Sunday Jul 14

jacquelinedoyle Jacqueline Doyle lives in the San Francisco Bay Area. Her award-winning flash fiction chapbook The Missing Girl was published by Black Lawrence Press, and she has recent flash fiction in Wigleaf, Post Road, New Flash Fiction Review, and The Collagist. Her work has earned six Pushcart nominations, two Finalist listings in Best Small Fictions, and four Notable Essay citations in Best American Essays. Find her on twitter @doylejacq, and her website can be found here.

Prayer To Saint Dymphna

St. Dymphna, patron saint of the insane, worker of miracles, blessed art thou among the Irish saints. St. Dymphna, beheaded by your own father when you fled from Ireland to Belgium to escape his unholy lust, hear me now. 

Who can I tell but you? That everything changed after Mam died. That Da stumbles home from the pub in Kilkenny and steals into my bedroom in the dark of night reeking of whiskey, that he puts his hand over my mouth and commands me never to tell. What he does, the dirty things he whispers. There’s no one would believe me, not my aunts and uncles, not the neighbors, not the priest. “The poor man losing a wife at that age, may she rest in peace,” Aunt Catherine says, making the sign of the cross. Father Callahan says, “We must pray for him,” head bowed over Aunt Catherine’s Sunday dinner. But who’ll pray for me? When I rush from the table, they think it’s because I mourn.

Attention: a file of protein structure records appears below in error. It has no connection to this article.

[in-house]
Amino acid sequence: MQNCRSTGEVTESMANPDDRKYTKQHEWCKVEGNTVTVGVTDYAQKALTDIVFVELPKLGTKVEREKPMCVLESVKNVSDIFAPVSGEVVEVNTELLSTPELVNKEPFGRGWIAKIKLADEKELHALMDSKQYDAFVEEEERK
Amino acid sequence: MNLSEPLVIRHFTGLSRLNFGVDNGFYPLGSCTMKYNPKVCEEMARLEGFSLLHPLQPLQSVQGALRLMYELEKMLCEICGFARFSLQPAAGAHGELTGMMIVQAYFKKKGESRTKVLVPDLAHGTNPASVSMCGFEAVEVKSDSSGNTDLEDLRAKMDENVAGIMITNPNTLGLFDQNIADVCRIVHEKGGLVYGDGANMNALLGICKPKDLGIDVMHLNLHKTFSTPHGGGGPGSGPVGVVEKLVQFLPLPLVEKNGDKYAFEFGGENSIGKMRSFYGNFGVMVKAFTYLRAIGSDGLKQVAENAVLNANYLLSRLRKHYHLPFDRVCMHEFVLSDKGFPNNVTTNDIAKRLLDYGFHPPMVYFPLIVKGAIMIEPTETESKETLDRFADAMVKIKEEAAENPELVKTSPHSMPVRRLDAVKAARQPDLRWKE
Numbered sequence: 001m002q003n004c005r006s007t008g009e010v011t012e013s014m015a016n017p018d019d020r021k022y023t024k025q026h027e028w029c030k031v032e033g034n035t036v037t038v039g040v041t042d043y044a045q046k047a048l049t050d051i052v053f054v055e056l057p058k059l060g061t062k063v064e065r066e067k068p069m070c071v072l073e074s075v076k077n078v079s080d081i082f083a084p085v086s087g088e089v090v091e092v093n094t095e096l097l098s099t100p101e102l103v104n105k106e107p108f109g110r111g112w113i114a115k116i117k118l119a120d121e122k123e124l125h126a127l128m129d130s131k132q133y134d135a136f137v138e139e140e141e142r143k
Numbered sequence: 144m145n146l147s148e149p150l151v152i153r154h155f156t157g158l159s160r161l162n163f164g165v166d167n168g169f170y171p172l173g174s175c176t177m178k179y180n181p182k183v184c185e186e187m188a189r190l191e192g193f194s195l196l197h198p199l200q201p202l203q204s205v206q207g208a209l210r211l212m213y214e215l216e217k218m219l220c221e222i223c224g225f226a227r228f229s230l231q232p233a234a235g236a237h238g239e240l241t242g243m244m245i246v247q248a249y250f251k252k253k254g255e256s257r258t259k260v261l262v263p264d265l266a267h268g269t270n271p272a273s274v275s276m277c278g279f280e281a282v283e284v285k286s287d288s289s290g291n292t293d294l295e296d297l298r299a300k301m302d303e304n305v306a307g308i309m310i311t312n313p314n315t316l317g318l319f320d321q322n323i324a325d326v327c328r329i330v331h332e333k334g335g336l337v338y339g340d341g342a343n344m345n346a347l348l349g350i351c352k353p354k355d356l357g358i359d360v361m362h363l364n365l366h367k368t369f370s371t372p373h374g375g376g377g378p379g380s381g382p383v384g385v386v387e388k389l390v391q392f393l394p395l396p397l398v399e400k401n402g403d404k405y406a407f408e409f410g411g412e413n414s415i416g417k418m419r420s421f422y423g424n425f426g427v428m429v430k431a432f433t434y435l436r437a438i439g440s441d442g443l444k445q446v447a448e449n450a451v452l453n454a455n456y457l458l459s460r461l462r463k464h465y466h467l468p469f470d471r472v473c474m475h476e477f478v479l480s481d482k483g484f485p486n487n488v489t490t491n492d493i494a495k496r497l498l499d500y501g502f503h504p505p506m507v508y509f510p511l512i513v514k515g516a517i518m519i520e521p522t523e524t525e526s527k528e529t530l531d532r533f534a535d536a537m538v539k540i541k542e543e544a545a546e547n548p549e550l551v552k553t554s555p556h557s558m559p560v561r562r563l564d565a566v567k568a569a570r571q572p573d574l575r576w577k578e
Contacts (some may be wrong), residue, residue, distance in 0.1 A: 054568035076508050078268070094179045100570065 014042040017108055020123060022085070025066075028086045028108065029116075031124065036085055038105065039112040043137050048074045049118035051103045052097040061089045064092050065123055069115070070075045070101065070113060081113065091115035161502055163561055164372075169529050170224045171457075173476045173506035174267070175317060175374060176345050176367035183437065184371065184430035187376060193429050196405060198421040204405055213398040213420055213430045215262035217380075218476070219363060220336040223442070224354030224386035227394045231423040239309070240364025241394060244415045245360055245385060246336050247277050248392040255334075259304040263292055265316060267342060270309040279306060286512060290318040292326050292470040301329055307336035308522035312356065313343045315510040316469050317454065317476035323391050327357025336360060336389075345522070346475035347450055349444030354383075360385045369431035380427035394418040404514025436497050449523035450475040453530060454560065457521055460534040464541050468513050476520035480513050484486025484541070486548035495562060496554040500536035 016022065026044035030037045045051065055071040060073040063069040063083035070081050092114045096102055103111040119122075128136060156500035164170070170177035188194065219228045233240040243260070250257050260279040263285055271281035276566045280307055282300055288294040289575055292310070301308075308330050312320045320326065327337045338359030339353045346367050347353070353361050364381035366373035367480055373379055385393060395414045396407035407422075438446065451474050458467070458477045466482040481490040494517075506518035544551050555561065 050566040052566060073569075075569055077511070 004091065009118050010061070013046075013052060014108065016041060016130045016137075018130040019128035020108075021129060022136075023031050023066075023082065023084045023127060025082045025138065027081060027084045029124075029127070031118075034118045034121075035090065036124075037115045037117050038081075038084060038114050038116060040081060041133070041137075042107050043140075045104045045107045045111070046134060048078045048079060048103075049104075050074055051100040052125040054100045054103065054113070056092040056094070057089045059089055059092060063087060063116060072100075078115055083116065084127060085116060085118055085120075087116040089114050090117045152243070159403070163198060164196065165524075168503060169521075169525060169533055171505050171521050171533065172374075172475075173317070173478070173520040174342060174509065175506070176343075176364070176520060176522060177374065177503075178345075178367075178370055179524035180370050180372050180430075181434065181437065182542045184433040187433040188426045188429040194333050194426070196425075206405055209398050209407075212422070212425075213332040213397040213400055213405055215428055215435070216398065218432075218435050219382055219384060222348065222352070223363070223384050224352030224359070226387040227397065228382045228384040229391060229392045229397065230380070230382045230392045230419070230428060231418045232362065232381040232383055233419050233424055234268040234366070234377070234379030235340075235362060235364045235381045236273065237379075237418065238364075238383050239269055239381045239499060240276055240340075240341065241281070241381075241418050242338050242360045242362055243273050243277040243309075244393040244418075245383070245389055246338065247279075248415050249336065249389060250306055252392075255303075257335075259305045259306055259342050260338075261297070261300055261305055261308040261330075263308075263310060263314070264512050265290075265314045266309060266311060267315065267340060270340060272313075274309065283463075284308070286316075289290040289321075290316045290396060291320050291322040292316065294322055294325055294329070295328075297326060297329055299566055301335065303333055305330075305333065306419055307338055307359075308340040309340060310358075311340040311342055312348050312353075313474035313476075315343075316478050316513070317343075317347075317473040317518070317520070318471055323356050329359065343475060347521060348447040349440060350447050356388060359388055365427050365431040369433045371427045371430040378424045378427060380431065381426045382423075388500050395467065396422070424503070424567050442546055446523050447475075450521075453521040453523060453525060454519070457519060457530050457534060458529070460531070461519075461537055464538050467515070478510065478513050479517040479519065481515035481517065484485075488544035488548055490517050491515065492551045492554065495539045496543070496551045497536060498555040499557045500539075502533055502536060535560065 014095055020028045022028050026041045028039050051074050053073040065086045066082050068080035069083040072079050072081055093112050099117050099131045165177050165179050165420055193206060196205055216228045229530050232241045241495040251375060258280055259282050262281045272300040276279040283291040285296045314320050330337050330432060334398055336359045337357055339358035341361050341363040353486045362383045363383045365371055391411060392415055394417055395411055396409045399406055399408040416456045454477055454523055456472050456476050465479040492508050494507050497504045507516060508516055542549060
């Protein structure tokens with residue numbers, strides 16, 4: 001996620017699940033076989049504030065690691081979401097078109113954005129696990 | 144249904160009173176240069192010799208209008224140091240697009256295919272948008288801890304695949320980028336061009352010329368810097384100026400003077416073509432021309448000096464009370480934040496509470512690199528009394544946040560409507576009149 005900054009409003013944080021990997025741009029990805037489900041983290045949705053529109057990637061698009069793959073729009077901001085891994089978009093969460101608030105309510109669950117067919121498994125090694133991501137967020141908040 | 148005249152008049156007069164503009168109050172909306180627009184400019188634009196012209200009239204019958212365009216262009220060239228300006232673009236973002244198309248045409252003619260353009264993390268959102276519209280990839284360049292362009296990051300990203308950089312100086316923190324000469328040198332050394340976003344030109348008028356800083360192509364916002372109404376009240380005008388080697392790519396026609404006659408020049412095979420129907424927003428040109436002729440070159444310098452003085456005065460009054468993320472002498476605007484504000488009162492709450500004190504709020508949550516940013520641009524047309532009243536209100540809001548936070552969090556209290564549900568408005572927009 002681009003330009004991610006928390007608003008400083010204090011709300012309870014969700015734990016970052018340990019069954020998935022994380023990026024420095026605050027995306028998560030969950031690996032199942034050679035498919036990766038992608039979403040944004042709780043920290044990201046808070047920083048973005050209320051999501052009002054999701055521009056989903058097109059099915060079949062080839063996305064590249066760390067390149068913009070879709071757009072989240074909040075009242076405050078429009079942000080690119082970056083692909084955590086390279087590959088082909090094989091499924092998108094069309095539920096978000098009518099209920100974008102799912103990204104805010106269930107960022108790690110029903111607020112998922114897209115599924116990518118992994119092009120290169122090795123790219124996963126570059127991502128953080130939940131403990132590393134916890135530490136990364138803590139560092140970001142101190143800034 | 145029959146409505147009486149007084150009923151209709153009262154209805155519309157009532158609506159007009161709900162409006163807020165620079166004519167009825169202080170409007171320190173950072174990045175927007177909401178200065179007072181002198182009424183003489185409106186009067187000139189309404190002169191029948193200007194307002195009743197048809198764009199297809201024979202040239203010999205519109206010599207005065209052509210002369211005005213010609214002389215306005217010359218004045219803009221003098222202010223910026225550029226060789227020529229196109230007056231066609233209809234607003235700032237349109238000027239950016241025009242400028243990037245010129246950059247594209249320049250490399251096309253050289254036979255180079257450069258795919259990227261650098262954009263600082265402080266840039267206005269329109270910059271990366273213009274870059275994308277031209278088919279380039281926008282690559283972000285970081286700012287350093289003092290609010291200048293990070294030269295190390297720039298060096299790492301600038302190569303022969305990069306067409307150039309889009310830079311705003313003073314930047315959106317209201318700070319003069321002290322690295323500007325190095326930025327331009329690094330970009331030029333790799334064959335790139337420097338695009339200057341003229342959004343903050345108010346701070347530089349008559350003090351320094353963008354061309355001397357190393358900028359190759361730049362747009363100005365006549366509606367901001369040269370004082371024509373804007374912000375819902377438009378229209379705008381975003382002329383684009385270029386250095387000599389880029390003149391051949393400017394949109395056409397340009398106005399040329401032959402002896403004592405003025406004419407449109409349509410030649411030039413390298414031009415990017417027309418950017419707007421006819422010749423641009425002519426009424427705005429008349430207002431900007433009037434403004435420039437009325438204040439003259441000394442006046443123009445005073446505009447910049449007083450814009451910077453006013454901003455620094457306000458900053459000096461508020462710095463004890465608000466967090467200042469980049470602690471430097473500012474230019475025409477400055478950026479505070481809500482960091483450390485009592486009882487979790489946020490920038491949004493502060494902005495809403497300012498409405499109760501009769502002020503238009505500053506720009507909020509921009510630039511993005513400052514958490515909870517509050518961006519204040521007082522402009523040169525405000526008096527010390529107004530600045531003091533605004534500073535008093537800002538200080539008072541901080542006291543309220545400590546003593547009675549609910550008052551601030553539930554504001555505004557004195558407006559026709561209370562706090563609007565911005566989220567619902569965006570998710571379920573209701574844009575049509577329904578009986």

Only you can understand, you who lost your mother too, you who escaped our motherland, you who faced down your lecherous father when you were fifteen like me, even when it meant losing your life. They say five lunatics who slept at the site of your murder awoke cured of their mental afflictions. They say pilgrims visit your church and asylum in Belgium for cures. They say you work miracles.

I keep your holy card in my missal and trace your image with my fingers: you hold the devil himself on a leash, a sword with your other hand. Your gaze is calm. Give me your strength and courage to do what’s right. Work a miracle for me.

Cure my madness, holy St. Dymphna, the voices in my head that grow louder every day, the tears I can’t push away, the darkness that descends on me. I can’t eat, the flesh melts from my bones. I can’t sleep for the shame of it. I can’t stir myself to do the milking and the washing and the cooking and the cleaning and the gardening. I can’t show my face in church. Deliver me from this place. There’s so many Kilkenny girls sailed from Liverpool, found work on the other side, but Da says there’s no money for that. I’m needed here. If I wade into the River Nore tomorrow, who can blame me? Help me resist the voices that pull me toward the water. Help me find another way out. 

Holy virgin martyr, mother of none, protect me now and at the hour of my death. Amen.